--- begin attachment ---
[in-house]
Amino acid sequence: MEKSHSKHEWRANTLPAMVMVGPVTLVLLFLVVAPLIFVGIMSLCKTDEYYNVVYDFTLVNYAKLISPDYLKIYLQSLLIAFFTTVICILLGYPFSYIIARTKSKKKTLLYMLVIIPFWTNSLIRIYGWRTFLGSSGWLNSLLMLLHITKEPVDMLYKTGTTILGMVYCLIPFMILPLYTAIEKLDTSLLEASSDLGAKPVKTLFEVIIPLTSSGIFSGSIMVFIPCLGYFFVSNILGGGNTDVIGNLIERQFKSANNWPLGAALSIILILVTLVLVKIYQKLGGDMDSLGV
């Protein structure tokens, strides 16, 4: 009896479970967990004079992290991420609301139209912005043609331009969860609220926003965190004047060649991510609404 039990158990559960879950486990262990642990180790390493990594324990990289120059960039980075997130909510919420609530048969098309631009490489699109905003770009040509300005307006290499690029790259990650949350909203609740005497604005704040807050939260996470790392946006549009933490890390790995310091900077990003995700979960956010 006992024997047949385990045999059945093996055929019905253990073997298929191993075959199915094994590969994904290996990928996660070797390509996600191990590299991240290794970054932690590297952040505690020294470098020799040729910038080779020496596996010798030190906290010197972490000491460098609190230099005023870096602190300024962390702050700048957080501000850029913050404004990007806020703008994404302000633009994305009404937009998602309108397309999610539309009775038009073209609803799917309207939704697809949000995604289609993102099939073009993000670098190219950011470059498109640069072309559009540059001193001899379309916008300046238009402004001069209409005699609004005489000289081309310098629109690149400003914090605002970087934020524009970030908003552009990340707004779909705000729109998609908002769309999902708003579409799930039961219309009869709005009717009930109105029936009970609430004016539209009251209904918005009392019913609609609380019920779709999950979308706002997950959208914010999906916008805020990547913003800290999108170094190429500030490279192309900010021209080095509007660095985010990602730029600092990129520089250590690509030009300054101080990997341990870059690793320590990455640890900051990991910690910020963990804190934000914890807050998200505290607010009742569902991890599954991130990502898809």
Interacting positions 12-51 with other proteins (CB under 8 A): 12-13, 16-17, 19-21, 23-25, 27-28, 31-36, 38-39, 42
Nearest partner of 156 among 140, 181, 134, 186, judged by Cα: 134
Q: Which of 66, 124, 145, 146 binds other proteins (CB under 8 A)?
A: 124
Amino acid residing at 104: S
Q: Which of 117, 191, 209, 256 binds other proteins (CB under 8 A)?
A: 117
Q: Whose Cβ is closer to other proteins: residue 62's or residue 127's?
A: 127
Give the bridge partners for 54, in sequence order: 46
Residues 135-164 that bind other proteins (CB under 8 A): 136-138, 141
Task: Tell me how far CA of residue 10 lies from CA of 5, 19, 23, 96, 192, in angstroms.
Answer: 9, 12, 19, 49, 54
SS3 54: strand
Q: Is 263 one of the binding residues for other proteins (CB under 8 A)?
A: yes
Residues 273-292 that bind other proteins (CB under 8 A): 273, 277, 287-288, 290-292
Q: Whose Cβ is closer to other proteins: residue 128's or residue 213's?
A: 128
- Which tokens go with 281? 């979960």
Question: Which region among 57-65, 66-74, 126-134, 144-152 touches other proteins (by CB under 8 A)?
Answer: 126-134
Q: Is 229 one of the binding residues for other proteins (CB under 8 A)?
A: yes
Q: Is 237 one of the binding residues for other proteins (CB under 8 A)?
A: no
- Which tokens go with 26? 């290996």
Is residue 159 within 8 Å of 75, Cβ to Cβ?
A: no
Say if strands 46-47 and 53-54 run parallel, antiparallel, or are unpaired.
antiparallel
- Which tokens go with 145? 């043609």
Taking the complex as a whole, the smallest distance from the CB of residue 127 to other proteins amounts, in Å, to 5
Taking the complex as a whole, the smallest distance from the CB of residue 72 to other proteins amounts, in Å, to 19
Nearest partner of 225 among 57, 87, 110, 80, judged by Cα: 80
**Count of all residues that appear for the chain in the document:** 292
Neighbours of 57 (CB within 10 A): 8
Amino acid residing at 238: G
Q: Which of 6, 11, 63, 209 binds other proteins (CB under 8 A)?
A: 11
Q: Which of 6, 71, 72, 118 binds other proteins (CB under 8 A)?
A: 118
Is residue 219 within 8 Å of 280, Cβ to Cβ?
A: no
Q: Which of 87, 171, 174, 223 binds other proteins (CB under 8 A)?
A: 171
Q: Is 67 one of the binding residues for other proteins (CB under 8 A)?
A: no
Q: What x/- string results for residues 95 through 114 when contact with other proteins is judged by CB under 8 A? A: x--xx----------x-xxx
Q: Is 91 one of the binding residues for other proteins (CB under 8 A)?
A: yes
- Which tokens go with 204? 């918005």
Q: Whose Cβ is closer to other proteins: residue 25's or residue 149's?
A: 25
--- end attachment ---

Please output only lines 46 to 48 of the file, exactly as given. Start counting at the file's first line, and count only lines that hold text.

Is residue 219 within 8 Å of 280, Cβ to Cβ?
A: no
Q: Which of 87, 171, 174, 223 binds other proteins (CB under 8 A)?